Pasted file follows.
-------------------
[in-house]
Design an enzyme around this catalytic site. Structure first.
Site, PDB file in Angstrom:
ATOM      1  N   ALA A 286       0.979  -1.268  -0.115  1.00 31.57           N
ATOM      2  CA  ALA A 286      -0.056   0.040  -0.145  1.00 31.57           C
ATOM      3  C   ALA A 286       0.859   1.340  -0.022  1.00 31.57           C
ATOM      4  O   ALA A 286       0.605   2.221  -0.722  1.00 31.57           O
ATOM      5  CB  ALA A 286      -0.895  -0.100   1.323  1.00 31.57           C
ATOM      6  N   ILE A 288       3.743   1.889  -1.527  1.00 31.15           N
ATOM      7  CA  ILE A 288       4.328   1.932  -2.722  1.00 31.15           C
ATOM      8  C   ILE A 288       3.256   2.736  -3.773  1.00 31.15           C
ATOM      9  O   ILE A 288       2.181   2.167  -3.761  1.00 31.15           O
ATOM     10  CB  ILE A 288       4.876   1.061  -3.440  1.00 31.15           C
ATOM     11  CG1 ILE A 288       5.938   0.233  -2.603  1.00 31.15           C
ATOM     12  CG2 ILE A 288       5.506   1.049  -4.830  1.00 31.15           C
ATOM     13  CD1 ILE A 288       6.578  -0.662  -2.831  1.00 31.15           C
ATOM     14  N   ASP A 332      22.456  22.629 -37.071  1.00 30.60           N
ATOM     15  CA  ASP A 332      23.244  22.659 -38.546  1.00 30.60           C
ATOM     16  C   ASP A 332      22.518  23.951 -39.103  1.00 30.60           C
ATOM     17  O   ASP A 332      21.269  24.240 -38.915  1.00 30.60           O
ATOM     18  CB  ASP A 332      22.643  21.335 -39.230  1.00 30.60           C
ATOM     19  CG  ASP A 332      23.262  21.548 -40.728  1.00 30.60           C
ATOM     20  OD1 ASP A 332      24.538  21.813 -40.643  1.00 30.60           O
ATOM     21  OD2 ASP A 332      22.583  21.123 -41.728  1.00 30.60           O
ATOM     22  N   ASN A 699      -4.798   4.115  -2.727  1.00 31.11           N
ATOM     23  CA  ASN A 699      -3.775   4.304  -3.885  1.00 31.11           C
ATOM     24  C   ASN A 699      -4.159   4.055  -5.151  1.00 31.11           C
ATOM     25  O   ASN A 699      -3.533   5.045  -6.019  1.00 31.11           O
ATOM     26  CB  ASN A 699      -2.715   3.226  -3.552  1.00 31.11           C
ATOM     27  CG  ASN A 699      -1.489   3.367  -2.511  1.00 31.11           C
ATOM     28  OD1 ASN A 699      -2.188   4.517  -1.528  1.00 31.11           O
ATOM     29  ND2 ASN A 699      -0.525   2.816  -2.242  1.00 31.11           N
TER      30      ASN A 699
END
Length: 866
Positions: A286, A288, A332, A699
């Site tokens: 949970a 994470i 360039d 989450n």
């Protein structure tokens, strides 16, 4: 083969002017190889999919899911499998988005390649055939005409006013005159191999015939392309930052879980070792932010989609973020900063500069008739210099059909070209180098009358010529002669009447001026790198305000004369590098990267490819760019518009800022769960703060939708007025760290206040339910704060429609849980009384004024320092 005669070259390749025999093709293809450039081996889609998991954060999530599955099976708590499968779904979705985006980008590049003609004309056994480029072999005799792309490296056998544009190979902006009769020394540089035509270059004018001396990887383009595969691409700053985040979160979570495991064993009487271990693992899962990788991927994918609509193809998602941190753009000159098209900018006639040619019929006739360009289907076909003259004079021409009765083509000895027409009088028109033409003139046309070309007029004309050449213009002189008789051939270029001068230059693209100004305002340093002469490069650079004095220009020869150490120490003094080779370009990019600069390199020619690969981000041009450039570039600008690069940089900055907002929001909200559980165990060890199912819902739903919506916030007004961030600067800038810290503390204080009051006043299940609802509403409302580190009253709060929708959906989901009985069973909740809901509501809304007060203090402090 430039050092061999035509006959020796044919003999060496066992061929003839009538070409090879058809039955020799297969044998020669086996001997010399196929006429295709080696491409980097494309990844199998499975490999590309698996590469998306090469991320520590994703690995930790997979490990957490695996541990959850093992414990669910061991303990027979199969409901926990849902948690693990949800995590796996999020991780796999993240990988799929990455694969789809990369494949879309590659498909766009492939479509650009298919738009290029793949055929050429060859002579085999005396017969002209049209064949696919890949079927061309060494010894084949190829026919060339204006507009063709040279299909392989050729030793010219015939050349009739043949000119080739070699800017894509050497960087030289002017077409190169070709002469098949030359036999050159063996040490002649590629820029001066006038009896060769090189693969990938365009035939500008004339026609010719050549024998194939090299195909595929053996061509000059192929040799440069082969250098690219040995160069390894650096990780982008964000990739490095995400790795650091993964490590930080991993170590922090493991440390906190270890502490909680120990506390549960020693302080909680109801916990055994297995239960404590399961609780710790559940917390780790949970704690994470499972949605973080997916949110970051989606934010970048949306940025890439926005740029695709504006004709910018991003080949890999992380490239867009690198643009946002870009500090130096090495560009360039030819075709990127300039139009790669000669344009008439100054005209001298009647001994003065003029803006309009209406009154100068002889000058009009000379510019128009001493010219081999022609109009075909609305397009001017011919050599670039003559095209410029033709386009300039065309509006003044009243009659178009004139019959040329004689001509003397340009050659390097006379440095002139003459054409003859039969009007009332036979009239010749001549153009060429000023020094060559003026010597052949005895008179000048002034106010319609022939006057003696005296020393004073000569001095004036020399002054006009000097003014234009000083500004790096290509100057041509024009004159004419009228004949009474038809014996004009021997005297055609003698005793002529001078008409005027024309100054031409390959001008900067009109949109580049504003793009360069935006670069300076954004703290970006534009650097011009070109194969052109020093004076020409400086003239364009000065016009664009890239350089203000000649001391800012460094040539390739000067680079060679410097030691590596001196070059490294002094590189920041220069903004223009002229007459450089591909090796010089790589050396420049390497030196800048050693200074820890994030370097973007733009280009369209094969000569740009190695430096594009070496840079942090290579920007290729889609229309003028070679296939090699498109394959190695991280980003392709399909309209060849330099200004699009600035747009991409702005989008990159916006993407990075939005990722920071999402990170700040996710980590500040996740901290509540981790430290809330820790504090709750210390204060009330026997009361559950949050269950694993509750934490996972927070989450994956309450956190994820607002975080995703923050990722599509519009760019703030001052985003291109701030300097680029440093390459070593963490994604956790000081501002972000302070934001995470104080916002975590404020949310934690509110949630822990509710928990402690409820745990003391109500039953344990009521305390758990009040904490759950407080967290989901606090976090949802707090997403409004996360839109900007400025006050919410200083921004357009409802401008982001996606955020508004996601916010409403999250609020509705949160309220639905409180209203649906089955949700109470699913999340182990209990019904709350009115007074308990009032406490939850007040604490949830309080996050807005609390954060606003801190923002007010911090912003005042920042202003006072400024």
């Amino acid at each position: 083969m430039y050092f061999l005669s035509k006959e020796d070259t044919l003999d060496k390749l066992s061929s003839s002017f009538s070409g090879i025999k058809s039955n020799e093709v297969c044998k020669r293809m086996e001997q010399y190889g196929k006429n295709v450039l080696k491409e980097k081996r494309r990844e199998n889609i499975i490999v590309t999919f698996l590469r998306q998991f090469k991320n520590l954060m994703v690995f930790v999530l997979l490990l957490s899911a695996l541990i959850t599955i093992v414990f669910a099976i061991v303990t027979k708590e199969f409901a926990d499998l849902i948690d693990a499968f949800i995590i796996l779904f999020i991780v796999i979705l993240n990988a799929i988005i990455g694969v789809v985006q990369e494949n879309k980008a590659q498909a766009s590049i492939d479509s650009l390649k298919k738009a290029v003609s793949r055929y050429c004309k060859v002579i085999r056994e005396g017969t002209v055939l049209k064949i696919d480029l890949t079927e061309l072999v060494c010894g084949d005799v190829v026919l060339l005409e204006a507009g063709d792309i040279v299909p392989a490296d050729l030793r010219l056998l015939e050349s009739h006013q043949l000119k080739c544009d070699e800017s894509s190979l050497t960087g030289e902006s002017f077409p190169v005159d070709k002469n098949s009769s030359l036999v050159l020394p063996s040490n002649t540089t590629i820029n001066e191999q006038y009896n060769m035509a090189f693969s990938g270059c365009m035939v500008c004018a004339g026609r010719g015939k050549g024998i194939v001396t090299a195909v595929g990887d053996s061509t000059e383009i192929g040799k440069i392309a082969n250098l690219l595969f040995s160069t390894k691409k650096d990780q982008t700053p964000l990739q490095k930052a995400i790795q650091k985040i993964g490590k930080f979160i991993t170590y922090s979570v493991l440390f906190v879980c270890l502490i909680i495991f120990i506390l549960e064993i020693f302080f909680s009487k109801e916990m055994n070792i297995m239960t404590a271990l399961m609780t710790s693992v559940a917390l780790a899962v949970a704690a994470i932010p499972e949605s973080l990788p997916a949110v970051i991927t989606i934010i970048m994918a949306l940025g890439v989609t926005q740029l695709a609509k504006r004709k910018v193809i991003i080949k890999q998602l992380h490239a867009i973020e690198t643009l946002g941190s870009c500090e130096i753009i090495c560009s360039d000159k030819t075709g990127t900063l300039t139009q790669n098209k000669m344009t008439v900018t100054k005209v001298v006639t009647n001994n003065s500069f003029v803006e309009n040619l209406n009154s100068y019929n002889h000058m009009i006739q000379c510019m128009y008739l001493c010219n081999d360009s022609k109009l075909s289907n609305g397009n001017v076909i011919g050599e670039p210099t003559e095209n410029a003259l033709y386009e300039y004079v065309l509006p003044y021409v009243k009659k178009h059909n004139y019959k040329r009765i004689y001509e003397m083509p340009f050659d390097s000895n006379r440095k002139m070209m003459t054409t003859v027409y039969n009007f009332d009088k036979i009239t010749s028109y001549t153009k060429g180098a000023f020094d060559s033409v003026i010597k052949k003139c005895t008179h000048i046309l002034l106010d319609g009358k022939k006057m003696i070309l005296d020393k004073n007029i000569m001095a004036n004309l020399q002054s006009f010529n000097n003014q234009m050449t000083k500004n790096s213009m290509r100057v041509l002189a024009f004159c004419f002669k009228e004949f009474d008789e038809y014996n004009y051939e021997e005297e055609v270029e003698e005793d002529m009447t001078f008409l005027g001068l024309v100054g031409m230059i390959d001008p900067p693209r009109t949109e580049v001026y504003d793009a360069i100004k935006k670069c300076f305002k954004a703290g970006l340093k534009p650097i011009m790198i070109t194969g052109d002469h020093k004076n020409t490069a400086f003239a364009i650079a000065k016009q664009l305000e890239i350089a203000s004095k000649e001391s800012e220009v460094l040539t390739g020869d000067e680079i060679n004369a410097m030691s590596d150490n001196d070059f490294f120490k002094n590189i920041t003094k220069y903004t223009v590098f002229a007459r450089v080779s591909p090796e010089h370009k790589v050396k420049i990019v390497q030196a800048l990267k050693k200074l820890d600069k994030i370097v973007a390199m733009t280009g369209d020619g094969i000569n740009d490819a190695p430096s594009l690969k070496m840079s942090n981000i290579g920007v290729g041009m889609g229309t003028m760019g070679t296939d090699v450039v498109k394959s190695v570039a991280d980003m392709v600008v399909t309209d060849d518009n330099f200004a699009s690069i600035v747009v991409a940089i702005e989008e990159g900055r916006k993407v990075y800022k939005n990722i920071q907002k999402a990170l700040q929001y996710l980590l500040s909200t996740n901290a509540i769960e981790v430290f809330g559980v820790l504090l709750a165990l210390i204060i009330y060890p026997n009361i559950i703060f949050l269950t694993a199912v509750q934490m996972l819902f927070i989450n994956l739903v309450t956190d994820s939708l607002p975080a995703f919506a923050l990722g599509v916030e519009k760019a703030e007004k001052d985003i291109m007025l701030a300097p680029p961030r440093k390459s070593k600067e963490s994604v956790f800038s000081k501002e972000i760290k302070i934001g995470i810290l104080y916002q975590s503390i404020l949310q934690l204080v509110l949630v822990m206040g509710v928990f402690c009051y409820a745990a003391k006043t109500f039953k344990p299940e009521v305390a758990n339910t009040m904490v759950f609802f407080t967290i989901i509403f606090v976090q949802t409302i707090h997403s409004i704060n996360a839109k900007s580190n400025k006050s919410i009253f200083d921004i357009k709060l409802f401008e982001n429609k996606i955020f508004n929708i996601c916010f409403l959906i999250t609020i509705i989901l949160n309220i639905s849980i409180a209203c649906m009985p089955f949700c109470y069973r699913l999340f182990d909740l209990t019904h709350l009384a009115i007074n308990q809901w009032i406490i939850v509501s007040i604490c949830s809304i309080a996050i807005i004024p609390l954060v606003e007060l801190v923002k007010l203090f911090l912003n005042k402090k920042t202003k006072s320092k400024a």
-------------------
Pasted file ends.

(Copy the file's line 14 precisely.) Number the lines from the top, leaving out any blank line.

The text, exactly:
ATOM     11  CG1 ILE A 288       5.938   0.233  -2.603  1.00 31.15           C